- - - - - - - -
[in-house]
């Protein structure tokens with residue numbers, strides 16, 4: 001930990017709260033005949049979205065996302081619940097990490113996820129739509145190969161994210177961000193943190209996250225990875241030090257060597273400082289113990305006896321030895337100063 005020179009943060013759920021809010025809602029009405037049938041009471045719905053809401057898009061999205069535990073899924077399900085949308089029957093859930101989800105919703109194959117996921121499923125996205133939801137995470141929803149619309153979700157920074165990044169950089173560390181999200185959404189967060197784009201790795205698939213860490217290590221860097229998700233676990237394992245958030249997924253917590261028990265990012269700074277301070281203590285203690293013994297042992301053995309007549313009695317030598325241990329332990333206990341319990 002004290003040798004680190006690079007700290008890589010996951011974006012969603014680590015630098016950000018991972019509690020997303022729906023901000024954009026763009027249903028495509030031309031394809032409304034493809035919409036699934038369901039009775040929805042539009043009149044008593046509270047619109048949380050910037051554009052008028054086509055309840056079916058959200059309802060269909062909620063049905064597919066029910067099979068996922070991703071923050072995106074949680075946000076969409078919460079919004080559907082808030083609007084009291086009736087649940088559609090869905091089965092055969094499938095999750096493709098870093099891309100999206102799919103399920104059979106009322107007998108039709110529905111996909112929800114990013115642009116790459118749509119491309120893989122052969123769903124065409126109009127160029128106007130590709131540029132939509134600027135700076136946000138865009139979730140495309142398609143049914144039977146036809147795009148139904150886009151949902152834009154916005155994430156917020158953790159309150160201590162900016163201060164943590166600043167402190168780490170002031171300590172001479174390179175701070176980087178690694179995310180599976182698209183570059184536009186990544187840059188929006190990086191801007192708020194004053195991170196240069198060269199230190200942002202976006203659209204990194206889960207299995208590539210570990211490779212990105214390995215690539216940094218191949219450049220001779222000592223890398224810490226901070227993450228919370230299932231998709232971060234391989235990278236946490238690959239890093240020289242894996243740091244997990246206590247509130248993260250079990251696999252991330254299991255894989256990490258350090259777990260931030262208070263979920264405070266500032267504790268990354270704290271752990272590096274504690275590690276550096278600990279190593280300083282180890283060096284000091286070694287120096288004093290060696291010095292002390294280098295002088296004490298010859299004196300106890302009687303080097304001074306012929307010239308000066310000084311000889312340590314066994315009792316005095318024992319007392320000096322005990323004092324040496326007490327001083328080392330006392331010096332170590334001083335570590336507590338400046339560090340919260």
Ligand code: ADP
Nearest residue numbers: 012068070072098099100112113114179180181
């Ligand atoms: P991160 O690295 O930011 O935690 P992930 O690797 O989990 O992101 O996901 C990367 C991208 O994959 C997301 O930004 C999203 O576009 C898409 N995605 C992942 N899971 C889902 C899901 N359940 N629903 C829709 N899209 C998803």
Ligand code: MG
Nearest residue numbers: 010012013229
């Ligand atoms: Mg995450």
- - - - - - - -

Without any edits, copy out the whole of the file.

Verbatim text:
[in-house]
């Protein structure tokens with residue numbers, strides 16, 4: 001930990017709260033005949049979205065996302081619940097990490113996820129739509145190969161994210177961000193943190209996250225990875241030090257060597273400082289113990305006896321030895337100063 005020179009943060013759920021809010025809602029009405037049938041009471045719905053809401057898009061999205069535990073899924077399900085949308089029957093859930101989800105919703109194959117996921121499923125996205133939801137995470141929803149619309153979700157920074165990044169950089173560390181999200185959404189967060197784009201790795205698939213860490217290590221860097229998700233676990237394992245958030249997924253917590261028990265990012269700074277301070281203590285203690293013994297042992301053995309007549313009695317030598325241990329332990333206990341319990 002004290003040798004680190006690079007700290008890589010996951011974006012969603014680590015630098016950000018991972019509690020997303022729906023901000024954009026763009027249903028495509030031309031394809032409304034493809035919409036699934038369901039009775040929805042539009043009149044008593046509270047619109048949380050910037051554009052008028054086509055309840056079916058959200059309802060269909062909620063049905064597919066029910067099979068996922070991703071923050072995106074949680075946000076969409078919460079919004080559907082808030083609007084009291086009736087649940088559609090869905091089965092055969094499938095999750096493709098870093099891309100999206102799919103399920104059979106009322107007998108039709110529905111996909112929800114990013115642009116790459118749509119491309120893989122052969123769903124065409126109009127160029128106007130590709131540029132939509134600027135700076136946000138865009139979730140495309142398609143049914144039977146036809147795009148139904150886009151949902152834009154916005155994430156917020158953790159309150160201590162900016163201060164943590166600043167402190168780490170002031171300590172001479174390179175701070176980087178690694179995310180599976182698209183570059184536009186990544187840059188929006190990086191801007192708020194004053195991170196240069198060269199230190200942002202976006203659209204990194206889960207299995208590539210570990211490779212990105214390995215690539216940094218191949219450049220001779222000592223890398224810490226901070227993450228919370230299932231998709232971060234391989235990278236946490238690959239890093240020289242894996243740091244997990246206590247509130248993260250079990251696999252991330254299991255894989256990490258350090259777990260931030262208070263979920264405070266500032267504790268990354270704290271752990272590096274504690275590690276550096278600990279190593280300083282180890283060096284000091286070694287120096288004093290060696291010095292002390294280098295002088296004490298010859299004196300106890302009687303080097304001074306012929307010239308000066310000084311000889312340590314066994315009792316005095318024992319007392320000096322005990323004092324040496326007490327001083328080392330006392331010096332170590334001083335570590336507590338400046339560090340919260």
Ligand code: ADP
Nearest residue numbers: 012068070072098099100112113114179180181
């Ligand atoms: P991160 O690295 O930011 O935690 P992930 O690797 O989990 O992101 O996901 C990367 C991208 O994959 C997301 O930004 C999203 O576009 C898409 N995605 C992942 N899971 C889902 C899901 N359940 N629903 C829709 N899209 C998803």
Ligand code: MG
Nearest residue numbers: 010012013229
């Ligand atoms: Mg995450």